Somehow it is the middle of March already and the year is flying by. I have been visiting the “Harmonization” time in each grade recently, and seen our Social-Emotional Learning efforts really come to life. Not only are our students becoming very articulate in both languages about emotions and social situations, but they are also demonstrating the use of the tools and insights they are learning on the playground and in their interactions and studies outside of this Harmonization time.
Each week, each class has half an hour in which both teachers (English and French or English and Chinese) are present and do an activity with the class. We call this time “Harmonization” time as it is one aspect of an overall effort to harmonize between the languages – to find what is shared and what is different and therefore make learning connected and efficient for the students. Within this time, teachers may do academic projects together, but they are also asked to spend time explicitly working with Social Emotional Learning (SEL) concepts, and building up the toolbox of SEL skills we’d like to help our students learn how to use.
Many of the classes started the year spending this time establishing classroom community expectations, getting to know each other, and then moving into the vocabulary of emotions. Students and teachers have been exploring the wide range of vocabulary in both languages for various emptions, and then working on identifying them – in others’ faces and body language, in art, music, and literature, and within themselves. Some of the first grade classes have recently been relating emotion to weather – it was refreshing to see how many of them are “excited” or “happy” when it rains- mostly because they love to stomp in puddles! Other classes have created “Emotion Thermometers” along with descriptions of what keeps them cool and what makes them burning hot angry. They have also been working on identifying and describing positive qualities about themselves as well as learning relaxation techniques – all of the 1st grade Chinese class sings “Take a deep breath, count to five, until you feel all calm inside” perfectly.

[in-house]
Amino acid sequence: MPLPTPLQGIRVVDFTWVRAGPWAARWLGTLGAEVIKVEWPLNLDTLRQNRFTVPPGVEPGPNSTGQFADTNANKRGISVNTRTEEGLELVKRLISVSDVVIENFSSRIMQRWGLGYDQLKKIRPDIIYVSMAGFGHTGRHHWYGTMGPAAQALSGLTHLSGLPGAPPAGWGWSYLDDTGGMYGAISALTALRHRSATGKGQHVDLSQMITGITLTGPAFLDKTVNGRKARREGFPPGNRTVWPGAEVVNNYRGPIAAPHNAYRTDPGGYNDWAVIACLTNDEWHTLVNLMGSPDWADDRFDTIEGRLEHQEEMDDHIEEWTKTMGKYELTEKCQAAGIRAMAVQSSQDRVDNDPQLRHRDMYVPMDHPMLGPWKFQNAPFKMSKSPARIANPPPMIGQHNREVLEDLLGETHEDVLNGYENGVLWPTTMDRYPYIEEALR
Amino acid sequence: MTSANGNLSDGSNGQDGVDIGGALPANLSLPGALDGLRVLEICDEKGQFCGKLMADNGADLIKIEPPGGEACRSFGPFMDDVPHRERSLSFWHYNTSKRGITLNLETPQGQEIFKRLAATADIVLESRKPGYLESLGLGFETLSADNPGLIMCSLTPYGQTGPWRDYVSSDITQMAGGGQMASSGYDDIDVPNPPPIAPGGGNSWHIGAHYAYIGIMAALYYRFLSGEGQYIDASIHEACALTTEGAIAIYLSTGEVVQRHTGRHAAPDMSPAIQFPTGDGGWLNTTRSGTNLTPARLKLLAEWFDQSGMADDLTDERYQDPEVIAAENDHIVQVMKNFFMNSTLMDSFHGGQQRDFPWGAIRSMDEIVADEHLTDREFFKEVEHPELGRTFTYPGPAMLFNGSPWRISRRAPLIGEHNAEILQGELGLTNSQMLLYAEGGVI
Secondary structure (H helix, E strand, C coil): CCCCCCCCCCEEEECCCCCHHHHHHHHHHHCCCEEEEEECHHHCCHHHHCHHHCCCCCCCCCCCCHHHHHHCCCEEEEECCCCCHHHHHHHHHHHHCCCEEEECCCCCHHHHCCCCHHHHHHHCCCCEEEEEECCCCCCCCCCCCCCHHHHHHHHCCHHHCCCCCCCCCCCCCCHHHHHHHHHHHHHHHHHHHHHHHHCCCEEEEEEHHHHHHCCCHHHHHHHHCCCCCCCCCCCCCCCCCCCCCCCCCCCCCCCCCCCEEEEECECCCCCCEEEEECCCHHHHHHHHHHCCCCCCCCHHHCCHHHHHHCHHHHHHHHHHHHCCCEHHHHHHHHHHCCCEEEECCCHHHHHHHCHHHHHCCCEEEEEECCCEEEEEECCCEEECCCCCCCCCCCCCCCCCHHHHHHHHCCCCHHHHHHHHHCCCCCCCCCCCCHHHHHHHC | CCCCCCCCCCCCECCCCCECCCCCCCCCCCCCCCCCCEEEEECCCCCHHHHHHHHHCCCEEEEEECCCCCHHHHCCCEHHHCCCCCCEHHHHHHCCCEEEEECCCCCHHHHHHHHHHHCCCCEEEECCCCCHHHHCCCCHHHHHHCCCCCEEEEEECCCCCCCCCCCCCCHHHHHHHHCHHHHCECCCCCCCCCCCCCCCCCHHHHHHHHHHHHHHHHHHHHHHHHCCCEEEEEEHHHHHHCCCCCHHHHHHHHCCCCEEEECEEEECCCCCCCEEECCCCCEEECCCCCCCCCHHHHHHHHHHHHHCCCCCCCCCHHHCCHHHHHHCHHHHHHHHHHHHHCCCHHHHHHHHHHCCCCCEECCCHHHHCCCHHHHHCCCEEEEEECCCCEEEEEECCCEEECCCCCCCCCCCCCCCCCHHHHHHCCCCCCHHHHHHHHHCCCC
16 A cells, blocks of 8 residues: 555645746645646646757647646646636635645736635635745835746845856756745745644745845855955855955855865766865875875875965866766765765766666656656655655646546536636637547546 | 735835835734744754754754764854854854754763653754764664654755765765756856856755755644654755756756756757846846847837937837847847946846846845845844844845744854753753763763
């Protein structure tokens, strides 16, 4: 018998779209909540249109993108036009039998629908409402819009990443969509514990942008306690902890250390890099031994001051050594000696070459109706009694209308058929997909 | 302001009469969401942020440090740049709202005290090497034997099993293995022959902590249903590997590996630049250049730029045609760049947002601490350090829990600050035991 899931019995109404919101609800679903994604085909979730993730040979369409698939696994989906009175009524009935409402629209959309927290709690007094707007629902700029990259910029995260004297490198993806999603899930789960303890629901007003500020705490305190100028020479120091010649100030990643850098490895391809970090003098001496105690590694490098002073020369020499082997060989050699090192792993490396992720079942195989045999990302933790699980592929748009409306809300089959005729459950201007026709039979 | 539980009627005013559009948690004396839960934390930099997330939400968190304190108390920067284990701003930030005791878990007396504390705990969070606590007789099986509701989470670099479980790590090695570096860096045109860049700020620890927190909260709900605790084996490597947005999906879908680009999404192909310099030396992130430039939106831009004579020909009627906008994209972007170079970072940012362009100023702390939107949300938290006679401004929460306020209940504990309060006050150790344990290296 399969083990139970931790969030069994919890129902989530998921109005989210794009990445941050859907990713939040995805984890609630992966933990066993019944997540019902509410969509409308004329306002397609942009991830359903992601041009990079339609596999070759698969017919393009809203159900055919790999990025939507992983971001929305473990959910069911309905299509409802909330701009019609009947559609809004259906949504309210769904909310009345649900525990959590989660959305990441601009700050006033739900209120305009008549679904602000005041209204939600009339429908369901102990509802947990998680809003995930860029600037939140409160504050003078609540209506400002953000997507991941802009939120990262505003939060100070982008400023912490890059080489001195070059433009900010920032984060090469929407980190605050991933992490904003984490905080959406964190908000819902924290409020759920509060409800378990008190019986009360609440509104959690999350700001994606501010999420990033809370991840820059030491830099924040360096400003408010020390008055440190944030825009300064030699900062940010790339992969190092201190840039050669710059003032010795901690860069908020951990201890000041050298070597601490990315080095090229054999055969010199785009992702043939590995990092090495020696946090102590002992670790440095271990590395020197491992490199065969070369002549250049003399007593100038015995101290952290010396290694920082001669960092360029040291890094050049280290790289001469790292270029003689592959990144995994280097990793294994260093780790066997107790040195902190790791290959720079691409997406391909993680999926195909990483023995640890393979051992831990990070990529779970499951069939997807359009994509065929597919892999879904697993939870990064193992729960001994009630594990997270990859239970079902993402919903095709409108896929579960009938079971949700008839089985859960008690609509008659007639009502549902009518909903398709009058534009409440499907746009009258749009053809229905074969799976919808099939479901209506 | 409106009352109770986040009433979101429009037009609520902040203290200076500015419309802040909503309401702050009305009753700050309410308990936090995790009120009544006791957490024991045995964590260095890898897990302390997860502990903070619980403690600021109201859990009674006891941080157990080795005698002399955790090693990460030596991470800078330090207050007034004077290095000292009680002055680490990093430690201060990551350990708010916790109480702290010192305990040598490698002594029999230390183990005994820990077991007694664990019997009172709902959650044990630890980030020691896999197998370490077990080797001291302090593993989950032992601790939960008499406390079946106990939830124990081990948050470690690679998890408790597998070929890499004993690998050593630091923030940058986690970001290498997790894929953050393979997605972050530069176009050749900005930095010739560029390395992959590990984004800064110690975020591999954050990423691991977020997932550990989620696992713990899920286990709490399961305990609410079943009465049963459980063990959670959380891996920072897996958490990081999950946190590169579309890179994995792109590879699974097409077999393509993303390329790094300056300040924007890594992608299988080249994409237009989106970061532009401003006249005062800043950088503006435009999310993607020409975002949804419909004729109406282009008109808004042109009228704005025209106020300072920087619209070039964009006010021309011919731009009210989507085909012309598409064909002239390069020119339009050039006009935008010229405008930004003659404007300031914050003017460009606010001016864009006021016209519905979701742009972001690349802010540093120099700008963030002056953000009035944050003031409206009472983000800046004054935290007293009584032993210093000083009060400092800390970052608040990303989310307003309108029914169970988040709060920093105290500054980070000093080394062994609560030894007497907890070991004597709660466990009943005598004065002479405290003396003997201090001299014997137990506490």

Second grade is one example of how teachers have combined the academic and SEL aspects of learning. In the French classes, they’ve shared a book both in French and English in which the author and illustrator captured various emotions in the illustrations and words. Students have become very adept at discerning the emotions and are now working on creating their own illustrations of particular emotions. In Fourth grade, similar discussions happened at a higher level, and students took the understanding of their own emotions into their discussion of the novel they are reading, and were able to gain more depth in their analysis of various characters because of their understanding of emotions and how they motivate people. The fourth grade also has regular “check-ins” in which students can share a bit about how they are feeling at that moment, allowing them to leave some of the worries behind and focus on the tasks at hand.
In third grade, students have explored art, music, literature, and other media to discern emotions and discuss how they themselves feel, but they have also been focusing on being active listeners, and truly making the person who is talking feel heard. This also establishes more connections amongst the students, beyond just groups of “best friends”.
Many classes have discussed issues of inclusion and exclusion, or managed certain issues that have come up between classmates in or out of the classroom. The 5th grade recently did an activity in which students (not “best friends”) were paired up to complete a drawing together and make a cohesive scene out of a squiggle, half circle, and short zig-zag line – without talking at all. Collaboration and non-verbal communication allowed students who don’t normally connect with each other to create imaginative illustrations. In another vein, the 5th grade spent much of the winter sessions exploring the UNICEF Rights of the Child, thus taking the social emotional learning to a global level.
Each week, I see more and more examples of the creativity and thoughtfulness of our teachers in their lesson planning, and in the students in their work on these activities. For a first year of making SEL a specific aspect of the curriculum, it is going very well, and being integrated beyond the half hour a week. I am excited by the enthusiasm and can see that we are making big steps towards our goals.